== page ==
Our Work

Developing a direct observational measure of family functioning for low-resource settings: Establishing reliability and validity in a Kenyan sample

Project Overview

Family environments can be powerful risk or protective factors for the mental health outcomes of children and adolescents, making family-based interventions important for prevention and treatment of mental health disorders. A major barrier to conducting rigorous trials of family interventions in low- and middle-income countries is the lack of tools for assessing family functioning. Based on a previous qualitative study, we have developed a direct observational tool to assess family interaction patterns. In the assessment, families participate in structured activities that are videotaped and coded on multiple categories of family functioning.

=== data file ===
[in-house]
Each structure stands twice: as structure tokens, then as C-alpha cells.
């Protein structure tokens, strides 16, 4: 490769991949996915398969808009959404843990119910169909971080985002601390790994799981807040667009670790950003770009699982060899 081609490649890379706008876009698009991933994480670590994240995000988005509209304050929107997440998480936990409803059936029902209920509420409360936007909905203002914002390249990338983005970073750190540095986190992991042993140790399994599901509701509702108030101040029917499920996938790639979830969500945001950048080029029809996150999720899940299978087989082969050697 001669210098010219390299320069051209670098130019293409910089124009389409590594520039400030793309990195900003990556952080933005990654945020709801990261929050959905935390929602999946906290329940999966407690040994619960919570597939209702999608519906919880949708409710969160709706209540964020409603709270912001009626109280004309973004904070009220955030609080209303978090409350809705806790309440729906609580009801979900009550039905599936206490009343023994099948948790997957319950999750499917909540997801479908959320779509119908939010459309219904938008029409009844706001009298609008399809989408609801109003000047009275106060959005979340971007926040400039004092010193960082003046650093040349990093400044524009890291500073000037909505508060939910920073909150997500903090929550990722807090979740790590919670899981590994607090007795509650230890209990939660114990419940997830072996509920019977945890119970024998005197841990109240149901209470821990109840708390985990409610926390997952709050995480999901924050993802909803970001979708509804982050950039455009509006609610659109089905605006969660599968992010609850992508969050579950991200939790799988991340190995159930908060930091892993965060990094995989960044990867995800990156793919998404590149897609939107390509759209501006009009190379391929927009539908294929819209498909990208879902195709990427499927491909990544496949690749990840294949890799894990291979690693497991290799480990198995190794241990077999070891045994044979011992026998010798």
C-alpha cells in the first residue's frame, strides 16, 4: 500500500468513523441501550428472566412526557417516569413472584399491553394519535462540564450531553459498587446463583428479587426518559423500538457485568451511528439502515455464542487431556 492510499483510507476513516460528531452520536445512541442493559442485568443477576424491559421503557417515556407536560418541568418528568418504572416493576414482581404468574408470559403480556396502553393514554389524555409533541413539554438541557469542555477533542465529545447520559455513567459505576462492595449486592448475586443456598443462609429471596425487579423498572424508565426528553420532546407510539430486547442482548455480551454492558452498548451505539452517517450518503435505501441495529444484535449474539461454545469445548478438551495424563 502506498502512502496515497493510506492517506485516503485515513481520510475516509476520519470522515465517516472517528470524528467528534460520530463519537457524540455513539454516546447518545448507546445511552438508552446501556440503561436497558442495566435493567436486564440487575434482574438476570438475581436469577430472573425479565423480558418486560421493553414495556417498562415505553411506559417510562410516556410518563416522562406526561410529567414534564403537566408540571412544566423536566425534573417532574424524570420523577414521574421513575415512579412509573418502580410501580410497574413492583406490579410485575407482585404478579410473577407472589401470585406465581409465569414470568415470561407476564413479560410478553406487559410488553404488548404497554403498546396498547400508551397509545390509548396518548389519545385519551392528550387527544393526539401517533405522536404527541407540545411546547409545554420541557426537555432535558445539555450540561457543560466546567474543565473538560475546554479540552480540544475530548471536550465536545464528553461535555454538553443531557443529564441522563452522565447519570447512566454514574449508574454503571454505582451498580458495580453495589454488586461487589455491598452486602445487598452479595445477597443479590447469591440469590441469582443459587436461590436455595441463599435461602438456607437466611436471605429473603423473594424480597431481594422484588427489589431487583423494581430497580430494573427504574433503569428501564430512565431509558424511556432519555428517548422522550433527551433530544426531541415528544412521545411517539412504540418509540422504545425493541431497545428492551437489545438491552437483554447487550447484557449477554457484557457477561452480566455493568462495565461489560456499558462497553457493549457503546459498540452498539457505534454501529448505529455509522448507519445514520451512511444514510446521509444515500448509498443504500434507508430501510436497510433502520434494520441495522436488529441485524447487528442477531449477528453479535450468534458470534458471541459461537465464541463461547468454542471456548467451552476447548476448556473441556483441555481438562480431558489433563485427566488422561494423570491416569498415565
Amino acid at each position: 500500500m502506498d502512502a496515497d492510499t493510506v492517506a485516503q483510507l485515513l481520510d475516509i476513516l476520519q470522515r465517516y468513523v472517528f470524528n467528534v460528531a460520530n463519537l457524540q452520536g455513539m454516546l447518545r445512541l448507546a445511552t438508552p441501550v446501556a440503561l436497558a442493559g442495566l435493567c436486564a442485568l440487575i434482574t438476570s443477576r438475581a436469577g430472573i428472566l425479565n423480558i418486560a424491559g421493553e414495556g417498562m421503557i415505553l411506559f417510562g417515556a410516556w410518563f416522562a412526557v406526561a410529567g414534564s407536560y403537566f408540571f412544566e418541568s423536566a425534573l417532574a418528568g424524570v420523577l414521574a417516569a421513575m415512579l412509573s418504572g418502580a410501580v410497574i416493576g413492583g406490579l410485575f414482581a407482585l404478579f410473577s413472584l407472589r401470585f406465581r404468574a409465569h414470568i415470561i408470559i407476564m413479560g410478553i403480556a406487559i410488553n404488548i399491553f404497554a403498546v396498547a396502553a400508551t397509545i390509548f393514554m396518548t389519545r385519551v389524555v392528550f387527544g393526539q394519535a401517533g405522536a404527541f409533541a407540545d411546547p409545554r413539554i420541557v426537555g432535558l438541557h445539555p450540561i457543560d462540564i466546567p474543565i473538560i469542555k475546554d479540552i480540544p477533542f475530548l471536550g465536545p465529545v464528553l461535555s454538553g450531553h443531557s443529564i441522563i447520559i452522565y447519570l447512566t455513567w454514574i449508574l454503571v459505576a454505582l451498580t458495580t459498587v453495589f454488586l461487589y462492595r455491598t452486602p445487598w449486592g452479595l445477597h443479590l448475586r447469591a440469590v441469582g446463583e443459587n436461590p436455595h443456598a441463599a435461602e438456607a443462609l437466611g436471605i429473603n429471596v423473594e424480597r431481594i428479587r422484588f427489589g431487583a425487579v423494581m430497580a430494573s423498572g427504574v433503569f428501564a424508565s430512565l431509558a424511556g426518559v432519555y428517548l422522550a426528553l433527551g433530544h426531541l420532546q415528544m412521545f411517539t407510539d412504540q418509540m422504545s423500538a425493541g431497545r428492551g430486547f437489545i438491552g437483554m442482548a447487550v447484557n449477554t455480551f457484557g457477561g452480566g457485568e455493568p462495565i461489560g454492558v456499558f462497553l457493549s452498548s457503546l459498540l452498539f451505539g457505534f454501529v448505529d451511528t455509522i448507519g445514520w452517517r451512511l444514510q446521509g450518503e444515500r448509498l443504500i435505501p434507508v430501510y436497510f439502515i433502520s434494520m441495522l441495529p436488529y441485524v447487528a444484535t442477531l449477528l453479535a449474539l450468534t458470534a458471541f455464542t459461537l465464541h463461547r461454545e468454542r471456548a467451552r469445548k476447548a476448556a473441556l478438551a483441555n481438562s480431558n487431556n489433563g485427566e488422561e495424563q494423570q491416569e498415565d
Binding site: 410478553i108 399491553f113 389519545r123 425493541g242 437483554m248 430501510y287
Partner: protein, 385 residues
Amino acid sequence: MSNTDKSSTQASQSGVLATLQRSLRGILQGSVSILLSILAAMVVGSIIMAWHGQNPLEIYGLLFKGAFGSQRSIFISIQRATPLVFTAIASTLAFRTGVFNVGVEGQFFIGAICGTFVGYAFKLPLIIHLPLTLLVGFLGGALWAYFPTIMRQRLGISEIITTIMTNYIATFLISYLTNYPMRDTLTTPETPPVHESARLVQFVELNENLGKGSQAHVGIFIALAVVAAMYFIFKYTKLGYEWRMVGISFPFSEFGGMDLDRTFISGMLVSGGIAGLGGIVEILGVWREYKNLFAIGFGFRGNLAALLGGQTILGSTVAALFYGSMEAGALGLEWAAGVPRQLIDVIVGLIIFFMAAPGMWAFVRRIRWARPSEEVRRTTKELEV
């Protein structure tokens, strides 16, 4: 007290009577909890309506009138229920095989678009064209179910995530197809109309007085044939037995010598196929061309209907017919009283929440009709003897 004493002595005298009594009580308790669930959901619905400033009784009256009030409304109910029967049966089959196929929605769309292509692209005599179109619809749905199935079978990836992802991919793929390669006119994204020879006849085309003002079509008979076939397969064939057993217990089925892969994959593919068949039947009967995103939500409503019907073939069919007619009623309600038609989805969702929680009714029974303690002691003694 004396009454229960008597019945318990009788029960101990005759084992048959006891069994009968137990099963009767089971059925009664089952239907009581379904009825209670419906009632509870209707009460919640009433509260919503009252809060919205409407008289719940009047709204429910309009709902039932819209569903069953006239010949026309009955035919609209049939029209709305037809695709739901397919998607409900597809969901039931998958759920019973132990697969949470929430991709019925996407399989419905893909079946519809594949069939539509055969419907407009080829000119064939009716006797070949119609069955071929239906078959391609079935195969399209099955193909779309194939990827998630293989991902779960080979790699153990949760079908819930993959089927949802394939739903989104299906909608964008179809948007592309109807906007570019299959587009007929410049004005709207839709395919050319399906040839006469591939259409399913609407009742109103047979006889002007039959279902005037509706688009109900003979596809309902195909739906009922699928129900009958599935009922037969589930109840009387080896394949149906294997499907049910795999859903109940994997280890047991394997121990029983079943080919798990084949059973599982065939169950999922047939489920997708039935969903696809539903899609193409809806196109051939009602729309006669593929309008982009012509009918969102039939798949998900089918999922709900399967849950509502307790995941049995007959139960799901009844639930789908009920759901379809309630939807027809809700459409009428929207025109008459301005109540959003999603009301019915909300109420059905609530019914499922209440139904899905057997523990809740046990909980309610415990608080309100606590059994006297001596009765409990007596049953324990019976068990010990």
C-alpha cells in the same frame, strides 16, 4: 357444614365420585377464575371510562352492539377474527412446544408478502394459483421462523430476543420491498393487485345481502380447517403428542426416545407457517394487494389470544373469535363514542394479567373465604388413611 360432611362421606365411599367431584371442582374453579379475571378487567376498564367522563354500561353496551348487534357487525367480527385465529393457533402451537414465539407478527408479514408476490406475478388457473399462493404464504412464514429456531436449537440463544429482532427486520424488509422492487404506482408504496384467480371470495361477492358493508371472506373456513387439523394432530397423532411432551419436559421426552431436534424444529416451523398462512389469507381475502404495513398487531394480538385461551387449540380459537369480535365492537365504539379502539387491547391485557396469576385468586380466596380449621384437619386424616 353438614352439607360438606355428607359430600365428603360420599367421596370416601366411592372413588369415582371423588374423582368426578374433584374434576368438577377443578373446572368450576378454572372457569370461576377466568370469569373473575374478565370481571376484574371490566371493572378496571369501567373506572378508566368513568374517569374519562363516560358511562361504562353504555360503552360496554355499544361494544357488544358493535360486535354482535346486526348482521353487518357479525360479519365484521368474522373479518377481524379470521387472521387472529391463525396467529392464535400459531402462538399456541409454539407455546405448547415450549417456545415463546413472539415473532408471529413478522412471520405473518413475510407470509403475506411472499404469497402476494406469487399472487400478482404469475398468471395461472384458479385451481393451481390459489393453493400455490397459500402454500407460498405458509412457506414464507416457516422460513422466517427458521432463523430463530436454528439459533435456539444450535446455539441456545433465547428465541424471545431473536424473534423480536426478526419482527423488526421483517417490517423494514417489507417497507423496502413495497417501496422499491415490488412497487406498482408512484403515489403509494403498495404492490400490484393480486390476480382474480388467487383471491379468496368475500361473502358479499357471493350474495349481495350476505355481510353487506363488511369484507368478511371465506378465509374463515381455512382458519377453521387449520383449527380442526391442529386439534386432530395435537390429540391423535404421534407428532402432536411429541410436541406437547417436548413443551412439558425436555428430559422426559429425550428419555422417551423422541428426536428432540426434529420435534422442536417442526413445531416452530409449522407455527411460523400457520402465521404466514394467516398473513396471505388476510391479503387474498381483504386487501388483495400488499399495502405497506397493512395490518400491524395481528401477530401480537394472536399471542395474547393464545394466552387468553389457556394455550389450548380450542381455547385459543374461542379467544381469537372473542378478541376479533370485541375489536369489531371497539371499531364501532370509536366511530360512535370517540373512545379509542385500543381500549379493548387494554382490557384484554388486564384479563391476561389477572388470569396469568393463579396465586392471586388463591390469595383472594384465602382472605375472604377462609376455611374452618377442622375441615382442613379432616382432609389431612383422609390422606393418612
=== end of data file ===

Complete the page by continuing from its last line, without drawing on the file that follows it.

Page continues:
In this application, we propose assessing the criterion validity of this tool by comparing its results with results of in-depth interviews with the families in this study. Participants will include 200 families with a target child between 10 and 17 years of age. Children and caregivers will be administered the interview, observational measure, and survey measures that will be validated concurrently. The expected outcome is a direct observational measure of family functioning that is feasible and validated in a low-resource setting. If results support validity, a second objective of the study is to manualize all materials, including procedures, the coding system, training materials, and adaptation guidelines to facilitate testing of the measure in other contexts.

The observational tool developed in this study will be designed for use in clinical practice for identifying families in need of intervention.




Project Collaborators

  • Moi University
  • Duke Global Health Institute

Project Status


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